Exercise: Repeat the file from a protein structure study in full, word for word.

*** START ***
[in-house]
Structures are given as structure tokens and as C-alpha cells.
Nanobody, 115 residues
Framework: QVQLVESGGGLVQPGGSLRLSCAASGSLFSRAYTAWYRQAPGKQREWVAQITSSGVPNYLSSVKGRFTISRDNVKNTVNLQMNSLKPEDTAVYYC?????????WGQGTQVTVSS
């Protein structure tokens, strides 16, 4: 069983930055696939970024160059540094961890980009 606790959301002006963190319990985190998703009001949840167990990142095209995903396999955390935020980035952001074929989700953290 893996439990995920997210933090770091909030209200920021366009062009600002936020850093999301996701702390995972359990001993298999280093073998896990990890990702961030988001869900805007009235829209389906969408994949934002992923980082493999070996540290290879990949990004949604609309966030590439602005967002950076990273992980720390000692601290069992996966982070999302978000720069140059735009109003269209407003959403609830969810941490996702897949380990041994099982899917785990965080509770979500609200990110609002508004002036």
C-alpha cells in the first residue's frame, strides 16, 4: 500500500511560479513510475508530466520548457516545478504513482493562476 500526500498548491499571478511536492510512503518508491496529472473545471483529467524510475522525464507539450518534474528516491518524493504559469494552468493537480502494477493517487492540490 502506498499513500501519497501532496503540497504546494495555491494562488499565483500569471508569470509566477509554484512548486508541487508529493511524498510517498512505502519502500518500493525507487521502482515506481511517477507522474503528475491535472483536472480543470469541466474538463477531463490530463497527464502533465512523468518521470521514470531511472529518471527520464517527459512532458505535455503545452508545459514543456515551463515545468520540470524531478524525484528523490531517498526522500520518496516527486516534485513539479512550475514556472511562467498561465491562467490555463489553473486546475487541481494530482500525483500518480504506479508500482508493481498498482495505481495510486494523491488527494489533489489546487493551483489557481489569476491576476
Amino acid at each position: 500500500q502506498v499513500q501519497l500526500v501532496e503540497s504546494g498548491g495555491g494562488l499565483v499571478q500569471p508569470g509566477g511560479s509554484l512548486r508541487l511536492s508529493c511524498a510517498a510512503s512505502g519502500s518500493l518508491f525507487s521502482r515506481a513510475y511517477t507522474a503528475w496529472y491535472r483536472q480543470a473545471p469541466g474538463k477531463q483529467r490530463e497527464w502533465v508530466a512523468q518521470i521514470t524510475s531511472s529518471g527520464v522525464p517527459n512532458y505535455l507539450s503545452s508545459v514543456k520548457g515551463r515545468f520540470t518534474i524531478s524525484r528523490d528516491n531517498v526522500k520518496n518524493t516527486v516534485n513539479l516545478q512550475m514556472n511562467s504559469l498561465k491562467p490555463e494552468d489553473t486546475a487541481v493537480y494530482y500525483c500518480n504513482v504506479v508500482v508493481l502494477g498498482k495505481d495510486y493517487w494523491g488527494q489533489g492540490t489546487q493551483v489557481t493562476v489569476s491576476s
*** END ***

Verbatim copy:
[in-house]
Structures are given as structure tokens and as C-alpha cells.
Nanobody, 115 residues
Framework: QVQLVESGGGLVQPGGSLRLSCAASGSLFSRAYTAWYRQAPGKQREWVAQITSSGVPNYLSSVKGRFTISRDNVKNTVNLQMNSLKPEDTAVYYC?????????WGQGTQVTVSS
């Protein structure tokens, strides 16, 4: 069983930055696939970024160059540094961890980009 606790959301002006963190319990985190998703009001949840167990990142095209995903396999955390935020980035952001074929989700953290 893996439990995920997210933090770091909030209200920021366009062009600002936020850093999301996701702390995972359990001993298999280093073998896990990890990702961030988001869900805007009235829209389906969408994949934002992923980082493999070996540290290879990949990004949604609309966030590439602005967002950076990273992980720390000692601290069992996966982070999302978000720069140059735009109003269209407003959403609830969810941490996702897949380990041994099982899917785990965080509770979500609200990110609002508004002036």
C-alpha cells in the first residue's frame, strides 16, 4: 500500500511560479513510475508530466520548457516545478504513482493562476 500526500498548491499571478511536492510512503518508491496529472473545471483529467524510475522525464507539450518534474528516491518524493504559469494552468493537480502494477493517487492540490 502506498499513500501519497501532496503540497504546494495555491494562488499565483500569471508569470509566477509554484512548486508541487508529493511524498510517498512505502519502500518500493525507487521502482515506481511517477507522474503528475491535472483536472480543470469541466474538463477531463490530463497527464502533465512523468518521470521514470531511472529518471527520464517527459512532458505535455503545452508545459514543456515551463515545468520540470524531478524525484528523490531517498526522500520518496516527486516534485513539479512550475514556472511562467498561465491562467490555463489553473486546475487541481494530482500525483500518480504506479508500482508493481498498482495505481495510486494523491488527494489533489489546487493551483489557481489569476491576476
Amino acid at each position: 500500500q502506498v499513500q501519497l500526500v501532496e503540497s504546494g498548491g495555491g494562488l499565483v499571478q500569471p508569470g509566477g511560479s509554484l512548486r508541487l511536492s508529493c511524498a510517498a510512503s512505502g519502500s518500493l518508491f525507487s521502482r515506481a513510475y511517477t507522474a503528475w496529472y491535472r483536472q480543470a473545471p469541466g474538463k477531463q483529467r490530463e497527464w502533465v508530466a512523468q518521470i521514470t524510475s531511472s529518471g527520464v522525464p517527459n512532458y505535455l507539450s503545452s508545459v514543456k520548457g515551463r515545468f520540470t518534474i524531478s524525484r528523490d528516491n531517498v526522500k520518496n518524493t516527486v516534485n513539479l516545478q512550475m514556472n511562467s504559469l498561465k491562467p490555463e494552468d489553473t486546475a487541481v493537480y494530482y500525483c500518480n504513482v504506479v508500482v508493481l502494477g498498482k495505481d495510486y493517487w494523491g488527494q489533489g492540490t489546487q493551483v489557481t493562476v489569476s491576476s